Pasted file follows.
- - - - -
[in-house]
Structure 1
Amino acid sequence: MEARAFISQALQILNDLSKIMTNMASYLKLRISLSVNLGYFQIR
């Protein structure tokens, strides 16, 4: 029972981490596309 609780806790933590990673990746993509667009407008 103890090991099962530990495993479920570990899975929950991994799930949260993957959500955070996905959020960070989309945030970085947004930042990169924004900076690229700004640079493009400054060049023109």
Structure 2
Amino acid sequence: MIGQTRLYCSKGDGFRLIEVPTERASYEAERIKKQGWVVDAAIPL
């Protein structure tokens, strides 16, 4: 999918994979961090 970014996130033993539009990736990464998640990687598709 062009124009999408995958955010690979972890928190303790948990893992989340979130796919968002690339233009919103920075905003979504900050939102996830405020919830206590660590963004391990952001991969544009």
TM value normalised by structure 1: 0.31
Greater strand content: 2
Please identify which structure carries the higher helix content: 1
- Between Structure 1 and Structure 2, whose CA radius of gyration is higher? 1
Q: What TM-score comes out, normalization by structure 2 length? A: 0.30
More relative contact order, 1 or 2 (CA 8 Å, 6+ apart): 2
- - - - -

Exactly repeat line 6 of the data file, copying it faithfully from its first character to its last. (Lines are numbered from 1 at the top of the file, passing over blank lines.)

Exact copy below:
Amino acid sequence: MIGQTRLYCSKGDGFRLIEVPTERASYEAERIKKQGWVVDAAIPL